relating  to  agreements  that  discharge  workers'  compensation                                                               
liability; providing for hearing  examiners and hearing panels in                                                               
workers'   compensation   proceedings;   relating   to   workers'                                                               
compensation awards; relating to  an employer's failure to insure                                                               
and keep insured or provide  security; providing for appeals from                                                               
compensation   orders;   relating    to   workers'   compensation                                                               
proceedings; providing for supreme  court jurisdiction of appeals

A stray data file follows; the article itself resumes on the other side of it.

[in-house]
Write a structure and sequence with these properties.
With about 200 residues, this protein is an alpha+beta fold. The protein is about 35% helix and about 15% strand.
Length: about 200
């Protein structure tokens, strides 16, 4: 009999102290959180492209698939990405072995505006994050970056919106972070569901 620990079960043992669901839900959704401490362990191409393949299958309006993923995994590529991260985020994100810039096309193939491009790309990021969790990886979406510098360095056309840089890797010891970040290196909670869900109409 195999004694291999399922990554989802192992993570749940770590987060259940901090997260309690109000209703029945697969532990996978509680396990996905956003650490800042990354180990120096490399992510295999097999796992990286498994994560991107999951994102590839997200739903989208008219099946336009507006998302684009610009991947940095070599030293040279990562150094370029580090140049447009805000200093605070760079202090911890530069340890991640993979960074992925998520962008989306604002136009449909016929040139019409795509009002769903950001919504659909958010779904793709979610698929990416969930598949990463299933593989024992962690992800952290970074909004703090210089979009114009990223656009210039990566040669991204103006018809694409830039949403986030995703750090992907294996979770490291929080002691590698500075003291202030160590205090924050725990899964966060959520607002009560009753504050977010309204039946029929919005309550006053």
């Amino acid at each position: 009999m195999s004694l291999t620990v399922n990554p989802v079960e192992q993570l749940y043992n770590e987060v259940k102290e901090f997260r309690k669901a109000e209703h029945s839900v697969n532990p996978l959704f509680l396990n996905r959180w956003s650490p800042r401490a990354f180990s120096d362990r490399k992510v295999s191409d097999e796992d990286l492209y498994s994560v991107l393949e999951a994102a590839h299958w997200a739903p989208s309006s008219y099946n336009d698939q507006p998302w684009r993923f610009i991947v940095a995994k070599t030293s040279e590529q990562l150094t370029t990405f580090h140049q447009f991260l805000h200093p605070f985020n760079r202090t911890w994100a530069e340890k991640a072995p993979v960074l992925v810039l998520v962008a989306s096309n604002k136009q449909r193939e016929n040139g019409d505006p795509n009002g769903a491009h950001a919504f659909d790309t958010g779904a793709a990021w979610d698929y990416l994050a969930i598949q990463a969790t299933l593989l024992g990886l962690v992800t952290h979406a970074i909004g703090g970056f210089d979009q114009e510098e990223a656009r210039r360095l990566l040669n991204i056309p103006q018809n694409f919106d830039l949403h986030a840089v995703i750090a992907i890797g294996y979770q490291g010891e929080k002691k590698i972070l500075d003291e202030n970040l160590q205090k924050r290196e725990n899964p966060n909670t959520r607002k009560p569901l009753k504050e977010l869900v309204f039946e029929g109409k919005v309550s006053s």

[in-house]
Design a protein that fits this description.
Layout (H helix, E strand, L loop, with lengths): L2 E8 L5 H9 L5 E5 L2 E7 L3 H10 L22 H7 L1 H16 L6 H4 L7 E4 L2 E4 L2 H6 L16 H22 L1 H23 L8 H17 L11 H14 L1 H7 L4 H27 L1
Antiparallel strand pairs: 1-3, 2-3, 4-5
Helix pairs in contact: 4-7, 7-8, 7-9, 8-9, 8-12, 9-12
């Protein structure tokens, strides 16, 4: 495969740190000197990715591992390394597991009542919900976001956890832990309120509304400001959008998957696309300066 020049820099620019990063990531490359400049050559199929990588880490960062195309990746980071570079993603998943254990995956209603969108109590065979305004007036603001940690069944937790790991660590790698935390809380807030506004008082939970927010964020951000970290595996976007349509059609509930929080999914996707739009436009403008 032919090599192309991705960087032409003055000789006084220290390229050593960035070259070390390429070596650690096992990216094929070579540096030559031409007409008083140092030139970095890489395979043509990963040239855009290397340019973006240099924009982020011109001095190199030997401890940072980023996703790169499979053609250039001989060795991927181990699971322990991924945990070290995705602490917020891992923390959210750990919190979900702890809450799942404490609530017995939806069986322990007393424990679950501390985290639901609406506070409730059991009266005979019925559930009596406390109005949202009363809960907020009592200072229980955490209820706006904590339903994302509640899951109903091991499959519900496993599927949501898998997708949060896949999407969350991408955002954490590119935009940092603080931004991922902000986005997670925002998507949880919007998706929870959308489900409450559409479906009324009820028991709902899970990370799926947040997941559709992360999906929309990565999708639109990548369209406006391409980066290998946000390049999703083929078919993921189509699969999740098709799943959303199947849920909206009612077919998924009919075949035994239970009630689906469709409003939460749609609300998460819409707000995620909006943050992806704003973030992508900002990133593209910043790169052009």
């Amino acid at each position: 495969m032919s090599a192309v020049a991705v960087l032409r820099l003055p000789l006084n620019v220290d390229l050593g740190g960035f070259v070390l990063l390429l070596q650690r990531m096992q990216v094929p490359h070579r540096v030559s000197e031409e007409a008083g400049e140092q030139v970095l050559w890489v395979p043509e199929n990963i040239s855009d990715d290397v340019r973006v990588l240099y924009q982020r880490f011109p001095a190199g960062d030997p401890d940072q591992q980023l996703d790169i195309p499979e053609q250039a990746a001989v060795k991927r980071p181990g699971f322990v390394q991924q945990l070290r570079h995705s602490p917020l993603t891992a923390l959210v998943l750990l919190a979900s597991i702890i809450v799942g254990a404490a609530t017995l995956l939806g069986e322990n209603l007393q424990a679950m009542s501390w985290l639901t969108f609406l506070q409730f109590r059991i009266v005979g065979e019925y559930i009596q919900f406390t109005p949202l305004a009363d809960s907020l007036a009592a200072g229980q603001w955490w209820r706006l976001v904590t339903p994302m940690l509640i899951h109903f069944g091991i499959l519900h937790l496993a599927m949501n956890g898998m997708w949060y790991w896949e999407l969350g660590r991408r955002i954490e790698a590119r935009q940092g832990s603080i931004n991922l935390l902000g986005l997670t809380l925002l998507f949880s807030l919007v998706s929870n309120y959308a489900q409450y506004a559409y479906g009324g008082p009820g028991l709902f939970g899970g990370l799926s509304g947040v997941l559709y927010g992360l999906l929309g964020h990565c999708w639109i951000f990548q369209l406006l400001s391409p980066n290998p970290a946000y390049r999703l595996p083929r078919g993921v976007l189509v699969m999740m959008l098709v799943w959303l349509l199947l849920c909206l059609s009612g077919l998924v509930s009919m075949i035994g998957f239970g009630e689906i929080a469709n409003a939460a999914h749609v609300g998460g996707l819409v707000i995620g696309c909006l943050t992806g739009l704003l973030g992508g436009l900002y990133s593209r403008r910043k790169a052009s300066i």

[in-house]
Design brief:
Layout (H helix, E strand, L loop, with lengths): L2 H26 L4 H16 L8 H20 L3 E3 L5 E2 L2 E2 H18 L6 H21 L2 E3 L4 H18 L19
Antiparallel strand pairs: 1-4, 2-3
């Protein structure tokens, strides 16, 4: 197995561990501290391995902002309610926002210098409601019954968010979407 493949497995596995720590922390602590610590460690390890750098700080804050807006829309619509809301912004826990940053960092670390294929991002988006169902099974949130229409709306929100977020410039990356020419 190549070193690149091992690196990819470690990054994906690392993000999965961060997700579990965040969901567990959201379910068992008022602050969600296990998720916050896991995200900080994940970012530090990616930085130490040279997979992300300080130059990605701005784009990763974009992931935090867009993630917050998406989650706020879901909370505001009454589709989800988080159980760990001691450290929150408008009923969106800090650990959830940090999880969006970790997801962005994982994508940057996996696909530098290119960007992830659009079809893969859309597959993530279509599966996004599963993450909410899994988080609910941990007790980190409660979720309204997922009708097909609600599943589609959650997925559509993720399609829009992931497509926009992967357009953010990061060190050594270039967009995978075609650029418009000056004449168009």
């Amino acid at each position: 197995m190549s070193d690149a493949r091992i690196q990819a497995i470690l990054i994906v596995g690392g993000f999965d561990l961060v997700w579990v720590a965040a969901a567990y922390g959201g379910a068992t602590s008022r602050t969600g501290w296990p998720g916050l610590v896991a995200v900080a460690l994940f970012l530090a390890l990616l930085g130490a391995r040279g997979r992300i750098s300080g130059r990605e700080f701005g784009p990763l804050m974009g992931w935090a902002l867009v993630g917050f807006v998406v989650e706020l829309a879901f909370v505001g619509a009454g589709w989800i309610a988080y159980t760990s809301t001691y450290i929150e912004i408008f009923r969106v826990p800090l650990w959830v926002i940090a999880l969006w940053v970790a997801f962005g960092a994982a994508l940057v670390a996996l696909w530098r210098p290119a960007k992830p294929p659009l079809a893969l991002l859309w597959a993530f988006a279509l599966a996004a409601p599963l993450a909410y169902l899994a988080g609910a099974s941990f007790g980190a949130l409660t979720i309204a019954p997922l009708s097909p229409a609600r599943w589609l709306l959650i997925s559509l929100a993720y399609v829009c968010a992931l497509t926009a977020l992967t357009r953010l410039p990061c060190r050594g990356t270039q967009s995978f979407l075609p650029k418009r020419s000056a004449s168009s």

from the Workers' Compensation  Appeals Commission; providing for                                                               
a maximum  amount for the cost-of-living  adjustment for workers'                                                               
compensation  benefits;  providing for  administrative  penalties                                                               
for  employers   uninsured  or  without  adequate   security  for                                                               
workers' compensation;  and relating  to assigned risk  pools and                                                               
insurers."                                                                                                                      
                                                                                                                                
     - HEARD AND HELD